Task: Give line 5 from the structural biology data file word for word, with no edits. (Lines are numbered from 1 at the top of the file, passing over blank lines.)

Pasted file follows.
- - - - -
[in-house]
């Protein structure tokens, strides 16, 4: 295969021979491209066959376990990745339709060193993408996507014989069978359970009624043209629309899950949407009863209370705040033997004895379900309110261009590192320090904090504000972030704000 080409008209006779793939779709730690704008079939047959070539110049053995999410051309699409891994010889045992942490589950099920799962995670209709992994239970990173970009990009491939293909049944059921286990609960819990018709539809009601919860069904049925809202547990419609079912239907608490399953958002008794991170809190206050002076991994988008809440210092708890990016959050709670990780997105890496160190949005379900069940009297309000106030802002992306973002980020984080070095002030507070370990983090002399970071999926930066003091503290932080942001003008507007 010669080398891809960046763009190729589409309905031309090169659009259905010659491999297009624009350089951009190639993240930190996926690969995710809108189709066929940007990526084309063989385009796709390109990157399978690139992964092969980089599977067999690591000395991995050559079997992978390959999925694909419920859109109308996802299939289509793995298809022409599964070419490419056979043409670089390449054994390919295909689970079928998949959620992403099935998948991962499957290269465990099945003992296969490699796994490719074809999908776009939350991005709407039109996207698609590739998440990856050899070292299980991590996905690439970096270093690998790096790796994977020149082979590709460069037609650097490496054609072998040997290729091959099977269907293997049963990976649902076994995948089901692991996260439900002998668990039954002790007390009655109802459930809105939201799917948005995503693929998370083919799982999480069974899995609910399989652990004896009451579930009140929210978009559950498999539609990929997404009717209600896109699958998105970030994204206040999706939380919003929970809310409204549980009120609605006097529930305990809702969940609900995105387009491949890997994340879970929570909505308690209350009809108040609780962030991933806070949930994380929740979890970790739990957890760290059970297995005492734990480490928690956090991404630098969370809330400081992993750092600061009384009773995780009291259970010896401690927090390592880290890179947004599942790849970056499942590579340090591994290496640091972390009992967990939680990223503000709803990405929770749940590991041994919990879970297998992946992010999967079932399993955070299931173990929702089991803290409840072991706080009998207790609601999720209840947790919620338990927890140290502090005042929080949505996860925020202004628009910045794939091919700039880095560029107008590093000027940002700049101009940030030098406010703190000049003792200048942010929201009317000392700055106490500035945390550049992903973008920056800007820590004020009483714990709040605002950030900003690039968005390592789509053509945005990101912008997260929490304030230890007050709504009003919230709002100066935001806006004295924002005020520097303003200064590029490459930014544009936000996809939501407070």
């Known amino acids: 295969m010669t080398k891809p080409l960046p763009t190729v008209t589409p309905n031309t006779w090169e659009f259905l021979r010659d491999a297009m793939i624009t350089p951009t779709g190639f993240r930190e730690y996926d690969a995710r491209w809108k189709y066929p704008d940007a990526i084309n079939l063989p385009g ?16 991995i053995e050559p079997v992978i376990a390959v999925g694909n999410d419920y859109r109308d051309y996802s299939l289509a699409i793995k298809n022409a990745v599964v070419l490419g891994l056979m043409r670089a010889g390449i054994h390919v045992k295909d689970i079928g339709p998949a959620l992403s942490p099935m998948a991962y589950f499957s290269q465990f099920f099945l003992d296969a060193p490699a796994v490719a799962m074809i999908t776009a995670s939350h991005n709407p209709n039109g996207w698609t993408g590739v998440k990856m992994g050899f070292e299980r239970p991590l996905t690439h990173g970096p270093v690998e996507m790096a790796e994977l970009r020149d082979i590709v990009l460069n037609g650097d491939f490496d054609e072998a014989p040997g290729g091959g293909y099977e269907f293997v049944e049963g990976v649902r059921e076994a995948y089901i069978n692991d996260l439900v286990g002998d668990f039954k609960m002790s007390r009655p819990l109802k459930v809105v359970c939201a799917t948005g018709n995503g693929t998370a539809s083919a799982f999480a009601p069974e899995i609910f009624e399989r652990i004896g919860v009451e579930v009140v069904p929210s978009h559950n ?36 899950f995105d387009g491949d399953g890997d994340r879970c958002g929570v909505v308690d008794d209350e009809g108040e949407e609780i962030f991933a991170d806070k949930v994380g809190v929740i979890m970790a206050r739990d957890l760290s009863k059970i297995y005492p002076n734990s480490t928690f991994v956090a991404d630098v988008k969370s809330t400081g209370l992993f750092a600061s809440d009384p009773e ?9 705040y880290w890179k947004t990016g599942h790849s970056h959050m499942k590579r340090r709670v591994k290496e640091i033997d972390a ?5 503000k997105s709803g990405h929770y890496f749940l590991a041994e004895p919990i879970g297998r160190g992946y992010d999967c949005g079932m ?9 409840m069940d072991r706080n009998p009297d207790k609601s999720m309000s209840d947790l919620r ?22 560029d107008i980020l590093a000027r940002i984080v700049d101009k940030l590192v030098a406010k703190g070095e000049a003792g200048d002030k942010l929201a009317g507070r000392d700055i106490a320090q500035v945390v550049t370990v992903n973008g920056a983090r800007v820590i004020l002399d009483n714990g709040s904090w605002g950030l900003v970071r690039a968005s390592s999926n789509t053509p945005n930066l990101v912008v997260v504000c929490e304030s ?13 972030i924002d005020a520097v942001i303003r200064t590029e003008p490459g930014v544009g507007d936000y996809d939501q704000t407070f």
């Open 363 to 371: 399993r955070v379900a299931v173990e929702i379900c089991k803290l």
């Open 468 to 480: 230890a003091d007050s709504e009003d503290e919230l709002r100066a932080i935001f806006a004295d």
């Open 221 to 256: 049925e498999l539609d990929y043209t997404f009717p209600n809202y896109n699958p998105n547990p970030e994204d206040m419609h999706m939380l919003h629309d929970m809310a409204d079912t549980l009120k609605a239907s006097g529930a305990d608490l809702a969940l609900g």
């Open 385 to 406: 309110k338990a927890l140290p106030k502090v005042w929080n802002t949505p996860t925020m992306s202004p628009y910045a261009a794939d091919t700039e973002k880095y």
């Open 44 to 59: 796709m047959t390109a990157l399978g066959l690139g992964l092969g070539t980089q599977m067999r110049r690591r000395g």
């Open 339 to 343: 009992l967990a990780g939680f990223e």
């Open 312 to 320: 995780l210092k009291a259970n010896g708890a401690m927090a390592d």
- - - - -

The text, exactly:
């Open 468 to 480: 230890a003091d007050s709504e009003d503290e919230l709002r100066a932080i935001f806006a004295d």